Cambodian Consulate in VN To Probe Monk’s Case

Information Minister and government spokesman Khieu Kan­harith said Monday that he had personally requested that Cam­bodia’s consulate in Ho Chi Minh City look into the case against imprisoned Khmer Krom monk Tim Sakhorn.

Tim Sakhorn, who was chief of Phnom Den pagoda in Takeo pro­vince’s Kiri Vong district, disappeared on June 30—the same day he was defrocked for allegedly damaging relations with Vietnam.

The Vietnamese Embassy in Phnom Penh announced August 2 that the missing monk was being detained in Vietnam and will be tried for political crimes resulting from his allegedly assisting the US-based Khmer Kampuchea Krom Fede­ration. “I contacted the Cam­bodian consulate to inquire about the charge [against Tim Sakhorn],” Khieu Kanharith said, adding that he was waiting for the consulate to get back to him after investigating the matter.

Thach Setha, executive director of the Khmer Kampuchea Krom Community, sent a letter to Prime Minister Hun Sen on Aug 6 asking for his intervention in the Tim Sakhorn case. “We would like Samdech [Hun Sen] to get the government of Vietnam to allow family members and NGOs to meet Tim Sakhorn in prison,” the letter reads, adding a request for the prime minister to use whatever diplomatic means are open to him to see the monk returned to Cambodia.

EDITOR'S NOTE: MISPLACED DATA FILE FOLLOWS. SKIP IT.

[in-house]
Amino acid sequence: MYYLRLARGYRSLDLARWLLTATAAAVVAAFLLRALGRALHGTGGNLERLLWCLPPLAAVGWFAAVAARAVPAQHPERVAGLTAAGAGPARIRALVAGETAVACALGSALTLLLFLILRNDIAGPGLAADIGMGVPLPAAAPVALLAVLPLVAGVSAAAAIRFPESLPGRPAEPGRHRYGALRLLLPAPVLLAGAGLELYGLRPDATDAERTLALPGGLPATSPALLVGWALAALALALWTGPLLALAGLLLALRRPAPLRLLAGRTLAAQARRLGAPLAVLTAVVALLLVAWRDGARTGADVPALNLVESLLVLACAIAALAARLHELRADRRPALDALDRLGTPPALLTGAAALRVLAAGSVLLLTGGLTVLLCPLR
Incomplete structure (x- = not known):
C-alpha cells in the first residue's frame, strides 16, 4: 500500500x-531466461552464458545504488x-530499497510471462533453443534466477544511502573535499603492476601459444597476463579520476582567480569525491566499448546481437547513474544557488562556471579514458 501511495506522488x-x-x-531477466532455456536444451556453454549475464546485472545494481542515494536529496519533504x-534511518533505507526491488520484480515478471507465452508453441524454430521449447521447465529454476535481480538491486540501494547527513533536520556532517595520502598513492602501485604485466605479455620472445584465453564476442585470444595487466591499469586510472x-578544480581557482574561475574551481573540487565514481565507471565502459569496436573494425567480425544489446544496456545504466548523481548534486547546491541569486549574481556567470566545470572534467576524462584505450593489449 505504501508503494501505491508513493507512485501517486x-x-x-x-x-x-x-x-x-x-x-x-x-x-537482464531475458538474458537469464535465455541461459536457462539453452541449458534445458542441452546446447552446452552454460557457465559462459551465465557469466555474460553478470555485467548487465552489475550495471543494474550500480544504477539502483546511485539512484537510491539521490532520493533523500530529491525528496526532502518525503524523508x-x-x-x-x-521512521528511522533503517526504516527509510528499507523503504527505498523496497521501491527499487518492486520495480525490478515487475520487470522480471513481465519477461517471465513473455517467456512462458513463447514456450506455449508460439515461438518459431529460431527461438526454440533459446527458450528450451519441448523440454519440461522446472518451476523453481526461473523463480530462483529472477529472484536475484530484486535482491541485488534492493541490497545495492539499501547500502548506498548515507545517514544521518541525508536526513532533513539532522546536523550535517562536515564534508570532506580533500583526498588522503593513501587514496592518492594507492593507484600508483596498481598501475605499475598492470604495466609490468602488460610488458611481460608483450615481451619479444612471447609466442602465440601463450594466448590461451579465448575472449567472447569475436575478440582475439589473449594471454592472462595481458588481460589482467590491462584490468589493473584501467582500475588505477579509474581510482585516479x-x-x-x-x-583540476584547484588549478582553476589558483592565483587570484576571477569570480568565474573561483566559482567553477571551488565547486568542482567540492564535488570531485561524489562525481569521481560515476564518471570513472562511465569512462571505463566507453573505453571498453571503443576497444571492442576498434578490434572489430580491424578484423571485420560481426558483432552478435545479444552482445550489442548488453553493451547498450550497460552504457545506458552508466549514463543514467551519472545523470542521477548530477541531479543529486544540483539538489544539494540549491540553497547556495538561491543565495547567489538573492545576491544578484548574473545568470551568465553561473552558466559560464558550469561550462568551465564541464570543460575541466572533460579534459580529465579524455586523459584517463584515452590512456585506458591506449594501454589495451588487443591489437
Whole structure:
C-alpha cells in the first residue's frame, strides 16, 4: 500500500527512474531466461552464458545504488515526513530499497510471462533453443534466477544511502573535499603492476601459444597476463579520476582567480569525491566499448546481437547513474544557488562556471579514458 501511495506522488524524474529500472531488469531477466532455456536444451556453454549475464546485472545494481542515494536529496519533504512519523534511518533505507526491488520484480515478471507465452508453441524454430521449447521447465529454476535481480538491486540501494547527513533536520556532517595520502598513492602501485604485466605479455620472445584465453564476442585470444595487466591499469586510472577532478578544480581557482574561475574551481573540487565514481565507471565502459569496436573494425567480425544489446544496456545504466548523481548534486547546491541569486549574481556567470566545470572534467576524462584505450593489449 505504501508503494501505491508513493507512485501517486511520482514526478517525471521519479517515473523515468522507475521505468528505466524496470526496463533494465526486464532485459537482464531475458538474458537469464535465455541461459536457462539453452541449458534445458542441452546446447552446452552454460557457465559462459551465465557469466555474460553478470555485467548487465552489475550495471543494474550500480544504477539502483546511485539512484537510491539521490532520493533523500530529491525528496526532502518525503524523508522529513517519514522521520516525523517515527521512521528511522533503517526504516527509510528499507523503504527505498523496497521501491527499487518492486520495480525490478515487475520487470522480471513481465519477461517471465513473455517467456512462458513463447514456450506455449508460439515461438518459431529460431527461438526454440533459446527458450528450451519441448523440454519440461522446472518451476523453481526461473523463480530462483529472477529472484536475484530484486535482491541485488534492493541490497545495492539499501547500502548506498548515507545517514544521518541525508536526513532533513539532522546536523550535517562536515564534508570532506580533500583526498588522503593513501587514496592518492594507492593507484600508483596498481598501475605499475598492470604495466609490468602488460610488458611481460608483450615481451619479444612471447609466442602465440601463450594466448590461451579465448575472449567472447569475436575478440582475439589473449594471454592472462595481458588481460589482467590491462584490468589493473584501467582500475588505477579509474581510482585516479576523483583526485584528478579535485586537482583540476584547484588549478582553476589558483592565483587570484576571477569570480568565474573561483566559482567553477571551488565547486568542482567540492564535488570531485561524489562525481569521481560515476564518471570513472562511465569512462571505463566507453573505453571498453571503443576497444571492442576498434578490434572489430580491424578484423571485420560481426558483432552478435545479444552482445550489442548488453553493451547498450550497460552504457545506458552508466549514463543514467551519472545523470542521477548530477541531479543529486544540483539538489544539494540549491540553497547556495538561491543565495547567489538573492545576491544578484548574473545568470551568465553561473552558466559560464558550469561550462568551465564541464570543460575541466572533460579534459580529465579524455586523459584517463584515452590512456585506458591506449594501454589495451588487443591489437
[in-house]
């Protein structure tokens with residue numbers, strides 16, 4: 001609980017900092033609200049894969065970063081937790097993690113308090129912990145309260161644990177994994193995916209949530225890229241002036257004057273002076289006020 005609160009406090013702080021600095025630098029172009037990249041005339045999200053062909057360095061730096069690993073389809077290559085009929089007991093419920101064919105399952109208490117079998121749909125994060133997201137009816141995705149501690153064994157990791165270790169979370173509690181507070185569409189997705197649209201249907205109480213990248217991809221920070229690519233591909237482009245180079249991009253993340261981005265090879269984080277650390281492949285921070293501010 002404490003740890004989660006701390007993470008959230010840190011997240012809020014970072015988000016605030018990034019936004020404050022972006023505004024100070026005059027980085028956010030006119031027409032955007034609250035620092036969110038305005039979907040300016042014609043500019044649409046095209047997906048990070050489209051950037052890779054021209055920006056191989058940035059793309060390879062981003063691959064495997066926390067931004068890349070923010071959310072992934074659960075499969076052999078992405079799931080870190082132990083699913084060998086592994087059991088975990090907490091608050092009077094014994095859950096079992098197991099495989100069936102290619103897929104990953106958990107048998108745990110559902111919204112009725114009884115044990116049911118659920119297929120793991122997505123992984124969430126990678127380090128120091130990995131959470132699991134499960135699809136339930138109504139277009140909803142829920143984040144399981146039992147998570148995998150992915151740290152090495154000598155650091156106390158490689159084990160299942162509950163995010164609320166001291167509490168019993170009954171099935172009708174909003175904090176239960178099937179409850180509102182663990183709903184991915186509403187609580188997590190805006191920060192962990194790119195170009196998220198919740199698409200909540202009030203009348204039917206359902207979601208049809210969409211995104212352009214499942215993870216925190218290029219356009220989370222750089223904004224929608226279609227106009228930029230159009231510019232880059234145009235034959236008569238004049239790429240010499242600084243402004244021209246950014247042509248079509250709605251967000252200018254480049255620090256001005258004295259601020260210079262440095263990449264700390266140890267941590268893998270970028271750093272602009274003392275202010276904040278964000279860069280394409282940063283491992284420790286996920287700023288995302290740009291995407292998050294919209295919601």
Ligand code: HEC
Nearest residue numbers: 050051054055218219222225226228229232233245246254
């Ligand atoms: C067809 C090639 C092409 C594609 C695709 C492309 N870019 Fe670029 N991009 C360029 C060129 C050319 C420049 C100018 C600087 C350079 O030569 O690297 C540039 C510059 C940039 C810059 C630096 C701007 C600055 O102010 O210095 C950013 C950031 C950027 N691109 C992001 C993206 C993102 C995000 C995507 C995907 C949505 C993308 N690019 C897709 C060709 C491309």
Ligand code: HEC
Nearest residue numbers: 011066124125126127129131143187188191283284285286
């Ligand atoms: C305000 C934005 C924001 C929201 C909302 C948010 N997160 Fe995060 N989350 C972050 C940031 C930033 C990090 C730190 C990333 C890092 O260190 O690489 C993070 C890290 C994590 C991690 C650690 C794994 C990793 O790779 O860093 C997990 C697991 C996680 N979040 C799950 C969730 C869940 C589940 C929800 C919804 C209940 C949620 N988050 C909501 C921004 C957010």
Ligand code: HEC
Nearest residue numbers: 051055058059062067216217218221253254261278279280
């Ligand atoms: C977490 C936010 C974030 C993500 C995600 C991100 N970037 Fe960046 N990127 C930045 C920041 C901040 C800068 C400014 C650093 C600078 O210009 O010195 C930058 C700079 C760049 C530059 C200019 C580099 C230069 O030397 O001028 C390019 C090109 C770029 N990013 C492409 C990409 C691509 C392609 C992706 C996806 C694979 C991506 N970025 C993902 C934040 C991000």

In response, Khieu Kanharith urged NGOs to visit Tim Sakhorn in prison if possible. He cautioned them, however, to remain silent if they are denied access to the jailed monk, claiming that an outcry by NGOs could impede the consulate’s work.

Khieu Kanharith added that intervention by the Cambodian government was impossible if the case against Tim Sakhorn—who he said held both Cambodian and Vietnamese citizenship—was a criminal matter.

Trinh Ba Cam, spokesman for the Vietnamese Embassy in Ph­nom Penh, reiterated that Tim Sakhorn was arrested allegedly trying to enter Vietnam illegally. He added that there was no reason to return the monk to Cambodia because he was a Vietnamese citizen and had committed anti-Viet­namese crimes in both Cambodia and Vietnam.

The General Consulate of Cam­bodia in Ho Chi Minh City could not be reached at the number listed on the government’s Web site. A receptionist at the Cambodian Embassy in Hanoi said that no one was available to speak with a reporter.

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